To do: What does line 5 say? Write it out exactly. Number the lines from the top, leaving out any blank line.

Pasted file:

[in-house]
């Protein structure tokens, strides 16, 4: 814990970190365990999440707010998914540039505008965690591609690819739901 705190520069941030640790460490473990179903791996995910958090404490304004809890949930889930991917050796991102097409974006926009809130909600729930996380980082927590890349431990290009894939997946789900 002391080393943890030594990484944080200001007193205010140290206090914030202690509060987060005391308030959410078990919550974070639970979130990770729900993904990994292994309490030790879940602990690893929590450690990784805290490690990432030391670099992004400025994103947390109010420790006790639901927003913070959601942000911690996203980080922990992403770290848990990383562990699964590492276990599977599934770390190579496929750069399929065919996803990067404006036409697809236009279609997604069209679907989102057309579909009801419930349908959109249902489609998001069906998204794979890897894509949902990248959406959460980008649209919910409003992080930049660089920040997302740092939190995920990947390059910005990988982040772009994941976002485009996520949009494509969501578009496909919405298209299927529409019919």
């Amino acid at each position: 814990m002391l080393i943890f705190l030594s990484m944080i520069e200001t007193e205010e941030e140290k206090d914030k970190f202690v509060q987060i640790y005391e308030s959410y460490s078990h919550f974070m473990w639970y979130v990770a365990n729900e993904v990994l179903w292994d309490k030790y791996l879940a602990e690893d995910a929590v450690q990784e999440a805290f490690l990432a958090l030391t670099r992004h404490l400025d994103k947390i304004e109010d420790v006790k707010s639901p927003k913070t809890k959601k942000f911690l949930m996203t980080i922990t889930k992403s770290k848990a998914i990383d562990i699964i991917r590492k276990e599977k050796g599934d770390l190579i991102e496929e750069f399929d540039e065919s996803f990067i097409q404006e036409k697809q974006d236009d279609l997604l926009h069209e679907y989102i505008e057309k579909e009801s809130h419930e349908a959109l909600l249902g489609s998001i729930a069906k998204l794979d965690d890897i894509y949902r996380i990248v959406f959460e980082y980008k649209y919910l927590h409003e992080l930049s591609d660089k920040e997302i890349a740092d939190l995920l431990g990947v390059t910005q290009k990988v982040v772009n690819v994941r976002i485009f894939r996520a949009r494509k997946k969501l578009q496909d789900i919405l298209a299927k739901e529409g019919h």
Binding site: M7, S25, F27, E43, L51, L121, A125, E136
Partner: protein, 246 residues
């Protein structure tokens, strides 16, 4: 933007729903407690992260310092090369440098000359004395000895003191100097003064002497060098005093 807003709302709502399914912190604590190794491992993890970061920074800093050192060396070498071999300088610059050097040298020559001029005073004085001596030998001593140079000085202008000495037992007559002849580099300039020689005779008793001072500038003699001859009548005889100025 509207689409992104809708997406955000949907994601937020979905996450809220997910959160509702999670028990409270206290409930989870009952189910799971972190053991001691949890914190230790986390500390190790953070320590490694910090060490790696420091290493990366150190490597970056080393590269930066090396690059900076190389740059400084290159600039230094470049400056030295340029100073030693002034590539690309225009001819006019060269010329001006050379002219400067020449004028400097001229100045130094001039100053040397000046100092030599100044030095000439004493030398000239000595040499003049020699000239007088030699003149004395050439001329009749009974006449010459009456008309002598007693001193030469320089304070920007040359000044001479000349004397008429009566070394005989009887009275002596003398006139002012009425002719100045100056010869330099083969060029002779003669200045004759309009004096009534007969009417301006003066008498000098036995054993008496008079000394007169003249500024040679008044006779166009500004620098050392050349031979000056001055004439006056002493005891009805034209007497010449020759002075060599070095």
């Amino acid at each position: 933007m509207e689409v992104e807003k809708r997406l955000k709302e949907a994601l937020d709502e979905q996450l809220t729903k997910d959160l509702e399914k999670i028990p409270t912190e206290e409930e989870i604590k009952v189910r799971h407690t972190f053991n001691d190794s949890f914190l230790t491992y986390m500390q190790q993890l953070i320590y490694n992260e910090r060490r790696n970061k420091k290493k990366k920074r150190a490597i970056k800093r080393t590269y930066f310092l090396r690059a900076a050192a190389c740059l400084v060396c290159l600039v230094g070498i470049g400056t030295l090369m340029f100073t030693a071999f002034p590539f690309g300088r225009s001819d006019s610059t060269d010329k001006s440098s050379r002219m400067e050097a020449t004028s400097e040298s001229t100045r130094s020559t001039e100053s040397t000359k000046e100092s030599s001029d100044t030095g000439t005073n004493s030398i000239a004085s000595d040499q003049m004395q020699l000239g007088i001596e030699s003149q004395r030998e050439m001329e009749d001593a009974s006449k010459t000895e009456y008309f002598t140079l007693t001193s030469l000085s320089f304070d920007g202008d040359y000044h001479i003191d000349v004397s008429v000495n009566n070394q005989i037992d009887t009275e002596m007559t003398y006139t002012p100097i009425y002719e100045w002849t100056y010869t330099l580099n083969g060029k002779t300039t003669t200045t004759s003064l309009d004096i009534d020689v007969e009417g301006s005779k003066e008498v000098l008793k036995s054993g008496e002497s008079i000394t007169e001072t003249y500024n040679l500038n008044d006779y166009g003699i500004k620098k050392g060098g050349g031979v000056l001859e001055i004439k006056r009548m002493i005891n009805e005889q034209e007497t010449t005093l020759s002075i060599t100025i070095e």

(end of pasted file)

Partner: protein, 246 residues